statins reduces the risk of decompensated liver disease for people with
cirrhosis caused by hepatitis B virus (HBV) and hepatitis C virus (HCV),
investigators from Taiwan report in the online edition of Hepatology. The treatment also modestly reduced the risk of
decompensated disease for people with alcohol-related cirrhosis.
that statin use may lower risk of decompensation in a dose-response manner by
around 50-60% among cirrhotic patients with chronic HBV or HCV infection, while
borderline effect was noted in alcoholic cirrhosis,” write the researchers. “The benefit
provided by statin use was mainly in decreasing the risk of ascites-related
complications and hepatic encephalopathy.”
Cirrhosis of the
liver can be caused by HBV, HCV or alcohol abuse. Decompensated cirrhosis is
associated with a poor prognosis. To avoid progression to decompensated
disease, early therapy is strongly advocated.
An accumulation of fluid in the abdomen; may be caused by liver damage, especially cirrhosis.
- decompensated cirrhosis
The later stage of
cirrhosis, during which the liver cannot perform some vital functions and
complications occur. See also ‘cirrhosis’ and ‘compensated cirrhosis’.
A disease or infection affecting the brain.
- hepatocellular carcinoma (HCC)
Liver cancer. A long-term complication of chronic inflammation of the liver or cirrhosis.
One such therapy
is statins. Research involving US veterans showed that statins were beneficial
for people with HCV-related cirrhosis, whereas research conducted in Taiwan revealed
that the therapy reduced the risk of decompensation for people with
HBV-related cirrhosis. However, this research had several limitations,
including small sample size or restricted patient population. The benefits of
statins for people with alcohol-related cirrhosis remains unclear, and it is
also unknown if statins reduce the risk of hepatocellular carcinoma (HCC) and
mortality in people with cirrhosis.
To establish a
clearer understanding of the benefits of statins for people with cirrhosis
due to multiple causes, investigators from Taiwan used their country’s national
health research database to see if the therapy reduced the risk of
decompensation, mortality and HCC occurrence among people with cirrhosis caused
by HBV, HCV and alcohol.
diagnosed with cirrhosis were eligible for inclusion. Statin use was defined as
daily therapy for at least 28 days. The case controlled study enrolled 675 people
who were treated with statins and 675 people who did not take this therapy. Individuals
received care between 2000 and 2013.
showed benefits of statin therapy. Compared with non-users, individuals prescribed
statins had significantly lower rates of decompensation (14% vs 29%; p <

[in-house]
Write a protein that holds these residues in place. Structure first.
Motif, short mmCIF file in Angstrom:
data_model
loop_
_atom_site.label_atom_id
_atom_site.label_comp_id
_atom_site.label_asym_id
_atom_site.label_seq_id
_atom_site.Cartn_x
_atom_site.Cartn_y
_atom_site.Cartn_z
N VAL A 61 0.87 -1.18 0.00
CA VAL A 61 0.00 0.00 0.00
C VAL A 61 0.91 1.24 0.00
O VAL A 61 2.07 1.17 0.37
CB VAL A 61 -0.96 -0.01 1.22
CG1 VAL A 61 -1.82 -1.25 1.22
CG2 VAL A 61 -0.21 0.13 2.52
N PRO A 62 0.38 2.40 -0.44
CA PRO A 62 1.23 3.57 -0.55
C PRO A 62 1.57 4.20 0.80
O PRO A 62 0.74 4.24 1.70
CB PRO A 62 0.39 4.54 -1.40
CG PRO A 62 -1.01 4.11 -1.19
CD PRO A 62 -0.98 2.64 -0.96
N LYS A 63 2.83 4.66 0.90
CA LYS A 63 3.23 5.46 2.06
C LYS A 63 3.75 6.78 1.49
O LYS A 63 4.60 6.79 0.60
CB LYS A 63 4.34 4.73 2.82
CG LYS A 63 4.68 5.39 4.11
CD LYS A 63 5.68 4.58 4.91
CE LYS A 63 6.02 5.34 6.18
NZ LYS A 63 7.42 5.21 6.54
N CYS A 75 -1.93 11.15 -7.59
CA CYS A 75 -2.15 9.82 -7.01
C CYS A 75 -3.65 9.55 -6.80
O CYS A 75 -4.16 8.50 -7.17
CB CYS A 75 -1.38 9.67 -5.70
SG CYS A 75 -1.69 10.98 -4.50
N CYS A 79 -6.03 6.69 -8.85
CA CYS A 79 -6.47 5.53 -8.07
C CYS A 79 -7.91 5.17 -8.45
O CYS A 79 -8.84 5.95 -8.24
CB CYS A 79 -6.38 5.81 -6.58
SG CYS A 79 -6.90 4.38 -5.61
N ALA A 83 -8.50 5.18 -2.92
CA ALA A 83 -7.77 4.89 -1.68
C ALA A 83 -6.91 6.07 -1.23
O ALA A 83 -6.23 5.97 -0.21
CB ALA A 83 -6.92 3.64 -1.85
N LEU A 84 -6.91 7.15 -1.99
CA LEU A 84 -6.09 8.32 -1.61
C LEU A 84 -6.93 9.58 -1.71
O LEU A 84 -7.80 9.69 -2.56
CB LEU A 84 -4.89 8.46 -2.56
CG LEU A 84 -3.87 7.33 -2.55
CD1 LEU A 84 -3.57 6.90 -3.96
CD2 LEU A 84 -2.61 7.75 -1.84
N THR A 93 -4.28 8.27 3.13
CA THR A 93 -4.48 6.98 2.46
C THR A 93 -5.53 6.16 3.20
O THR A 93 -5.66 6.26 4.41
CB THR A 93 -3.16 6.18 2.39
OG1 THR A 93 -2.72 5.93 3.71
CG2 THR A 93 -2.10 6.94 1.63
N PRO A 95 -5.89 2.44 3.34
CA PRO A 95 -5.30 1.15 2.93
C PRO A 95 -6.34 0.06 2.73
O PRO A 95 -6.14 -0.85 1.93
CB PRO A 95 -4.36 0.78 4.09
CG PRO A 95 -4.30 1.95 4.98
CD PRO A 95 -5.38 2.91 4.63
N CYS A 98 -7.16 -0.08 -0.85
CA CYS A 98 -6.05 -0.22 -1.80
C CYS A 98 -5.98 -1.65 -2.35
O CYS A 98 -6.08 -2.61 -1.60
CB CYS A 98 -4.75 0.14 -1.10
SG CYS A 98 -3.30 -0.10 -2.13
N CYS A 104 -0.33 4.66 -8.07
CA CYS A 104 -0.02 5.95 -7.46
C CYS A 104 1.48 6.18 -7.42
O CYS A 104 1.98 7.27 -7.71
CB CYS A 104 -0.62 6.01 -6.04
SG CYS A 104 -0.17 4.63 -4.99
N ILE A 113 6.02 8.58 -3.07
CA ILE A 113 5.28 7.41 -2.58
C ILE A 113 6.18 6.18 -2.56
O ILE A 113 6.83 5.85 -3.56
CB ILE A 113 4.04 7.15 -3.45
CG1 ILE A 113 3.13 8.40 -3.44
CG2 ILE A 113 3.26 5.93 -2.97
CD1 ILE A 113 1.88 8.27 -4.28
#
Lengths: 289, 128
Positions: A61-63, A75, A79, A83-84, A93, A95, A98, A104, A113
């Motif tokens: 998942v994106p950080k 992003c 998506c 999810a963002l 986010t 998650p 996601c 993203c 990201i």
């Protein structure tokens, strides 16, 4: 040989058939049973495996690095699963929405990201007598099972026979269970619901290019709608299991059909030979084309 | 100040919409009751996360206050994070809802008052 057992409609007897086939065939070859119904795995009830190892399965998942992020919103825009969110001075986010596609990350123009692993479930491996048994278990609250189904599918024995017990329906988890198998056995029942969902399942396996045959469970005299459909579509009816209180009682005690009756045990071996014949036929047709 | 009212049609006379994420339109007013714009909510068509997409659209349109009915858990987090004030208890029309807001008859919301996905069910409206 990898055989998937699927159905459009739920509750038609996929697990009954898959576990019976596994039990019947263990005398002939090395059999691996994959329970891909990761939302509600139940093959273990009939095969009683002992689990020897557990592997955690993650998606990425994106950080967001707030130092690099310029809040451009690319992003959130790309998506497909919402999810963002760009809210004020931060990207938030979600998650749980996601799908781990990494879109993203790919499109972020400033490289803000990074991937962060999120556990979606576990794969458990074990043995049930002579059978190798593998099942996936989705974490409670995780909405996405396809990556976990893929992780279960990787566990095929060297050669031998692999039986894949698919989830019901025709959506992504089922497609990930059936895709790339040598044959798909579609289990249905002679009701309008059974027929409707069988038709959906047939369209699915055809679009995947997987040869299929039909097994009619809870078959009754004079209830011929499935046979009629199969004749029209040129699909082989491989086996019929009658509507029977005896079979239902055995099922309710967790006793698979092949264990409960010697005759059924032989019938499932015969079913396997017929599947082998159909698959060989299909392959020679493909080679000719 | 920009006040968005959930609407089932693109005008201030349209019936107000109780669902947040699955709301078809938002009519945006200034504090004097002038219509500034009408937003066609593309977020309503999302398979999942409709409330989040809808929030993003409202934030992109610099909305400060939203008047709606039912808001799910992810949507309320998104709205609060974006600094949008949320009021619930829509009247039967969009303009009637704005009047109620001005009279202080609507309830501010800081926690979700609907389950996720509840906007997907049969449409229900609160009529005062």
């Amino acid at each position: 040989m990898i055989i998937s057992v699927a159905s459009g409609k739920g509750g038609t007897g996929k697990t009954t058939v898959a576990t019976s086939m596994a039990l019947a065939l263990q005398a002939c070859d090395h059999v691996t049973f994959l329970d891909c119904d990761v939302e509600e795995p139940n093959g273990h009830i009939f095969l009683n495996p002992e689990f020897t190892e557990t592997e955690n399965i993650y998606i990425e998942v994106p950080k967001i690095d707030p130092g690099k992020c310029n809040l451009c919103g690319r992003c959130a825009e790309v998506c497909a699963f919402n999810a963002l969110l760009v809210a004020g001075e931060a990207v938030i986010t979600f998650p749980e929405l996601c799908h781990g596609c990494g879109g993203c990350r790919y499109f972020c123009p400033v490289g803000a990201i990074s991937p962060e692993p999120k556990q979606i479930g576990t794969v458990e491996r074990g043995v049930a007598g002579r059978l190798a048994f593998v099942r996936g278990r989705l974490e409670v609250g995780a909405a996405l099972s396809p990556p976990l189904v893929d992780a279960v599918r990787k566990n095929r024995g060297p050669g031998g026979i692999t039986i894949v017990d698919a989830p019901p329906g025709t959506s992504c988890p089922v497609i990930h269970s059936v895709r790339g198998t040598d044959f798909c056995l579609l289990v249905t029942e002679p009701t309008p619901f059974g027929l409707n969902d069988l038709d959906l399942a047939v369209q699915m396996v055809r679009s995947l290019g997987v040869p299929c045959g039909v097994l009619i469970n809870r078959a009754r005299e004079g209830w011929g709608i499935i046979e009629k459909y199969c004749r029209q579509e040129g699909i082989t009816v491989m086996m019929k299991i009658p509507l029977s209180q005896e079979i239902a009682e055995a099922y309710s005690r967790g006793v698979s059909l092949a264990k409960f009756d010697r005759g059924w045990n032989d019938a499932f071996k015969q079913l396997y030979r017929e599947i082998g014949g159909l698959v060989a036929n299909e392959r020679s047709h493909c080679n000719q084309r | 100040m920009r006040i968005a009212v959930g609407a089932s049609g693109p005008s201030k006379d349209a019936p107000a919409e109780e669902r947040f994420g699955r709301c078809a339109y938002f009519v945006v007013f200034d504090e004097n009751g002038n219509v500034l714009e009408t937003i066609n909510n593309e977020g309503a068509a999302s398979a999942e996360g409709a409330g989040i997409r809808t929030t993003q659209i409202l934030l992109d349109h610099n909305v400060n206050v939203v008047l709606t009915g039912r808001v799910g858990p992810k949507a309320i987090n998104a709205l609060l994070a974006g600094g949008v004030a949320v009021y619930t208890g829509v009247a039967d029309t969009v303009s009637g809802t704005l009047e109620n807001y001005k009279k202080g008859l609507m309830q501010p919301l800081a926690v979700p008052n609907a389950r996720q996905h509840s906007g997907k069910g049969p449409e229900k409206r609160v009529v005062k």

0.0001), mortality (9% vs 18%; p < 0.0001) and occurrence of HCC (6% vs
10%; p = 0.0097). The overall benefit of statins was confirmed in multivariate
analysis that controlled for potential confounders, with statins associated
with a significantly lower risk of decompensation (aHR = 0.39; 95% CI,
0.30-0.50), mortality (aHR = 0.46; 95% CI, 0.34-0.63) and liver cancer (aHR =
0.52; 95% CI, 0.35-0.76).
There was a
dose-related response, with the benefits of statin therapy increasing with longer
duration of treatment.
Analysis of individuals with HBV-related cirrhosis revealed that, compared to non-users, statin
users had a significantly lower risk of decompensation (12% vs 31%; p <
0.001) and mortality (6% vs 19%; p < 0.001) but not HCC occurrence (9% vs
13%). Multivariate analysis confirmed that statin therapy reduced risk of
both decompensation (aHR = 0.39; 95% CI, 0.26-0.62) and mortality (aHR = 0.39;
95% CI, 0.21-0.72) but not liver cancer (aHR = 0.70; 95% CI, 0.40-1.25).
turned to people with HCV-related cirrhosis. Statin users had a
significantly lower rate of decompensation (14% vs 28%; p = 0.007), but not
mortality (12% vs 20%) or HCC occurrence (6% vs 14%). The reduced risk of
decompensation was confirmed in the multivariate analysis (aHR = 0.51; 95% CI,
0.29-0.93), which also showed that use of statins did not significantly reduce
the risk of mortality but had a borderline effect on occurrence of liver cancer
(aHR = 0.38; 95% CI, 0.14-1.04).
examined the benefits of statins for people with alcohol-related liver
disease. Statin users had a significantly lower rate of decompensation (17% vs
28%) but the mortality rate (11% vs 17%) and HCC occurrence rate (35 vs 4%) was
similar to that observed in non-statin users. Multivariate analysis showed that
statin therapy was associated with a trend for a lower risk of decompensation
(aHR = 0.69; 95% CI, 0.45-1.07) but had no benefit in terms of mortality or
progression to HCC.
Statins lowered the
risk of ascites and related complications, hepatic encephalopathy and variceal
decreased the decompensation rate in HBV- and HCV-related cirrhosis, while
borderline effect was noted in alcoholic cirrhosis,” conclude the authors. “Statins
may be considered as an adjuvant therapy to prevent decompensation among
cirrhotic patients. Future prospective studies are needed to confirm our